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Civitas Dei. See De Civitate Dei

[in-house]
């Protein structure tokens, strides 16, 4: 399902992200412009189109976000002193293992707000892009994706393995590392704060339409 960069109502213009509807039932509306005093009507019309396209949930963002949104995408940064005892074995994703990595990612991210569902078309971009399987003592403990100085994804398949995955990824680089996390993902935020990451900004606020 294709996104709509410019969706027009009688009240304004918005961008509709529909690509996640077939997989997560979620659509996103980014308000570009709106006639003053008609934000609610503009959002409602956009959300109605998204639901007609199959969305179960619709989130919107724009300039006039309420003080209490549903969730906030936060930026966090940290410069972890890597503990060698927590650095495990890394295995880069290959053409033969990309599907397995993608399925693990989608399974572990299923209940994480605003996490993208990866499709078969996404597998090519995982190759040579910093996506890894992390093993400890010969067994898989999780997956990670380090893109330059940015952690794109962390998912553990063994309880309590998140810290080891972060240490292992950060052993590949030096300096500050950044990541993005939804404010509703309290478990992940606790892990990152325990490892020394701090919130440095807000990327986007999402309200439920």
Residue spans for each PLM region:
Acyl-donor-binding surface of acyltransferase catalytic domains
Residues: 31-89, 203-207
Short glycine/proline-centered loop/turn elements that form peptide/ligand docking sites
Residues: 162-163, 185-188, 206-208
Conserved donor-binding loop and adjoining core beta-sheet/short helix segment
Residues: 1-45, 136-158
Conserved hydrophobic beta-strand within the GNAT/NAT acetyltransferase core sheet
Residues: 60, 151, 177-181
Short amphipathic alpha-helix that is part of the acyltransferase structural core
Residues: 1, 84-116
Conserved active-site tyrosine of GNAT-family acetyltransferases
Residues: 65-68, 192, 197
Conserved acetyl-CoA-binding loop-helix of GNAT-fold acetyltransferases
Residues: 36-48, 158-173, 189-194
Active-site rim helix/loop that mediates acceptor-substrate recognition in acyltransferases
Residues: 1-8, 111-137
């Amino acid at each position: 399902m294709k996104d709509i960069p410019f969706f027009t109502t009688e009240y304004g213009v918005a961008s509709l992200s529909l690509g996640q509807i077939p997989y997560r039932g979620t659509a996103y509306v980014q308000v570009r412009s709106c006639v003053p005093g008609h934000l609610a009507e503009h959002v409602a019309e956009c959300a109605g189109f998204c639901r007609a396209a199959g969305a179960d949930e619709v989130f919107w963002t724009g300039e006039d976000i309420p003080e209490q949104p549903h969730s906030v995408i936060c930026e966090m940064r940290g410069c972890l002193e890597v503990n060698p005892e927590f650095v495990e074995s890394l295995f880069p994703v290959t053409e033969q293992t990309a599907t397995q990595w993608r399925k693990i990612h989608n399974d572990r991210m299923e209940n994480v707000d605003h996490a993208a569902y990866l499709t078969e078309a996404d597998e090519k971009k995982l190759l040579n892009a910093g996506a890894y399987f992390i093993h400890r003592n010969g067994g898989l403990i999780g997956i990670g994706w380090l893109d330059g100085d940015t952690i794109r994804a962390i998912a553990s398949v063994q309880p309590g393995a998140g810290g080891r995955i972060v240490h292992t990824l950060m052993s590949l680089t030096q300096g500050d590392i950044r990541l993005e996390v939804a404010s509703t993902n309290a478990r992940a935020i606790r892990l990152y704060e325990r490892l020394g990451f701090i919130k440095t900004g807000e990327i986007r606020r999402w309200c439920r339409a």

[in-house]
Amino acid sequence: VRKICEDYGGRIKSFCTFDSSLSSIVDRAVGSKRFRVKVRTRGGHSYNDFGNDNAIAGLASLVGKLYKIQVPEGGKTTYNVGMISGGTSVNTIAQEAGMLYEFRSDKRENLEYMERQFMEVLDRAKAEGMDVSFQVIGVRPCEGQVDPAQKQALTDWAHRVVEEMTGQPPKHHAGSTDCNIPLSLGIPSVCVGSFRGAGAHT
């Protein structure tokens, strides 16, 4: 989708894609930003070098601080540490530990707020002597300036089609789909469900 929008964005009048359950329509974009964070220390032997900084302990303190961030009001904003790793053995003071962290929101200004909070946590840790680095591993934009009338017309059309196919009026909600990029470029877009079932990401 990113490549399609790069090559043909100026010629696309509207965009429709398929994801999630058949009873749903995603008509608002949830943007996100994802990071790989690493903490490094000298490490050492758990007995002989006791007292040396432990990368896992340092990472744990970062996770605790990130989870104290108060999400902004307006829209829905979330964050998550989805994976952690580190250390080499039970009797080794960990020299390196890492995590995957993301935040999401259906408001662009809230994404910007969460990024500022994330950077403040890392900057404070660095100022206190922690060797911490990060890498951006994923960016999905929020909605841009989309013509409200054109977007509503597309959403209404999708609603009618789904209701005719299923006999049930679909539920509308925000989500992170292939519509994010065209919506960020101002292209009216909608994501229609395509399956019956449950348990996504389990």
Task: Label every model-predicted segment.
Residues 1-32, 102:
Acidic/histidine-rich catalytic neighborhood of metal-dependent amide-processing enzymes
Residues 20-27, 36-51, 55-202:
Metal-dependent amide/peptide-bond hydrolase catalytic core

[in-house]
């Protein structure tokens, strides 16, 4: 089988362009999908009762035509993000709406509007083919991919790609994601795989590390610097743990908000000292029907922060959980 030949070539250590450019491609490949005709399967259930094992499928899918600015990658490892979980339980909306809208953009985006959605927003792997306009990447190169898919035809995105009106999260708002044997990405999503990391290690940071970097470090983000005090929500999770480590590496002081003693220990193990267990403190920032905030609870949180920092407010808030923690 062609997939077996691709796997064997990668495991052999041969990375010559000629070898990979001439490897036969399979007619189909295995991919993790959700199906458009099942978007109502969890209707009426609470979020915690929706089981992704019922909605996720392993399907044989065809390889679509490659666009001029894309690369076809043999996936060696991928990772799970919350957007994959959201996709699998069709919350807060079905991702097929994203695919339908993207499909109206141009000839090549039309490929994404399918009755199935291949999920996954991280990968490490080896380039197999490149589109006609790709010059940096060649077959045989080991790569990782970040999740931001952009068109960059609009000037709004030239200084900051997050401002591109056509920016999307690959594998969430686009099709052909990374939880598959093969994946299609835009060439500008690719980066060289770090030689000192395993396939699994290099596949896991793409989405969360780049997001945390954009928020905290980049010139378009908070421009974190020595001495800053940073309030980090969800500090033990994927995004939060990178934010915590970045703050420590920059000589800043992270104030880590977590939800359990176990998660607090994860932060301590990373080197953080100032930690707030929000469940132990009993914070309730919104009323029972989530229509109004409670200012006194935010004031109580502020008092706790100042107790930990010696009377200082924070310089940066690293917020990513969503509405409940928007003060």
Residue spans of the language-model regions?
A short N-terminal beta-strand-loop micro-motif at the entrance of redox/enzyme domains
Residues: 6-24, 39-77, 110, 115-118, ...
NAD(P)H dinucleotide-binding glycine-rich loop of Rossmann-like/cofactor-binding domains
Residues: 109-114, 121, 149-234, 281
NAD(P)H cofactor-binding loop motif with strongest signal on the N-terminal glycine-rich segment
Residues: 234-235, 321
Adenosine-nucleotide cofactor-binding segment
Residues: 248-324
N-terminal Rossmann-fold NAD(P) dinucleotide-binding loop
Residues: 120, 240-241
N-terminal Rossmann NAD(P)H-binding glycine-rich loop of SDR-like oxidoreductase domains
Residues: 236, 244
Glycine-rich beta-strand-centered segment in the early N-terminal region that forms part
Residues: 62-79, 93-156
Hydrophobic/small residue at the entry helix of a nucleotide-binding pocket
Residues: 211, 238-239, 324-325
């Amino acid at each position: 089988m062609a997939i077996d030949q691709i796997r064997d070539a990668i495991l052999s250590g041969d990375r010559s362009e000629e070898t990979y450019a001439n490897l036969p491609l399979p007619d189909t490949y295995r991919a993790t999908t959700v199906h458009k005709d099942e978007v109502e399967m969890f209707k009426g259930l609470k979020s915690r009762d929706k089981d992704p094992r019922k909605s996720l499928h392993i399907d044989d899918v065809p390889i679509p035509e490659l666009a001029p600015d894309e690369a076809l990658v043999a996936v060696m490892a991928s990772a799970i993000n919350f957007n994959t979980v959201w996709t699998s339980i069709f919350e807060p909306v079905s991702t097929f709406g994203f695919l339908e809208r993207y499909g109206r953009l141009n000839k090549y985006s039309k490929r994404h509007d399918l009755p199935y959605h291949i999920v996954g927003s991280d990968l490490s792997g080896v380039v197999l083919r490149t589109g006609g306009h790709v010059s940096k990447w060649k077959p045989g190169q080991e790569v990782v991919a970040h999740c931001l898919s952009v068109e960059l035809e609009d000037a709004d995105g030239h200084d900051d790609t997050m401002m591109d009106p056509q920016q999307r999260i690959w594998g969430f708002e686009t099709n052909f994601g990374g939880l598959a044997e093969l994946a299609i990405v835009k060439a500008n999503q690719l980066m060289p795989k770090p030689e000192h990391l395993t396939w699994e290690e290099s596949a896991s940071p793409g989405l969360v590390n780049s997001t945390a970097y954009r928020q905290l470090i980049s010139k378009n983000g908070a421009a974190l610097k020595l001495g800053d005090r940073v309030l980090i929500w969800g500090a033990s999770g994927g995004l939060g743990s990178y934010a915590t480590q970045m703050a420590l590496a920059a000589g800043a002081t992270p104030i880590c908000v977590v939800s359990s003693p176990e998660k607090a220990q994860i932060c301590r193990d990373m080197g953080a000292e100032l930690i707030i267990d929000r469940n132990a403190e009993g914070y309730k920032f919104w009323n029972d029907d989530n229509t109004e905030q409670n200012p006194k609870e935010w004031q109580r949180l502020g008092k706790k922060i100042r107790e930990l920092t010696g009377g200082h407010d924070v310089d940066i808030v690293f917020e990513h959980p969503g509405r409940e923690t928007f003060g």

Fishburn and Hughes: "CF 201: 'The City of God': St Augustine's main theological work. Written between 413 and 425, it consists of 22 books in which Christianity is presented as a growing civic system in the face ofthe decaying Roman Empire. With reference to the belief that events recur 'at the centuries' end', Borges has observed that several chapters of book 12 of Civitas Dei try to refute the theory of cyclical time (see Eternidad 81). The controversial passage which was read as if propounding, rather than refuting, this theory occurs at the end of chapter 14, where Augustine refers to Solomon's observation that 'there is no new thing under the sun' (Ecclesiastes 1:10). Augustine, however, explains that these words do not mean, as has been said, that Plato will come back 'at long but fixed intervals' to teach 'in the same city, in the same Academy and to the same students'. Such a doctrine would be totally against the Christian faith, for once 'Christ dies for our sins.. .he dieth no more'. The chapter ends with a quotation from the Psalms condemning outright anyone who believes in cyclical return: 'The wicked walk in a circle' (12:8). CF 202: The reference to Augustine's statement that 'Jesus is the straight path' paraphrases another passage in the same chapter in which he condemns the 'false, circuitous ways' of 'treacherous and false teachers' and invites Christians not to stray from the right path but to follow the true doctrine (bk. 12, ch.14, para. 1)." (48)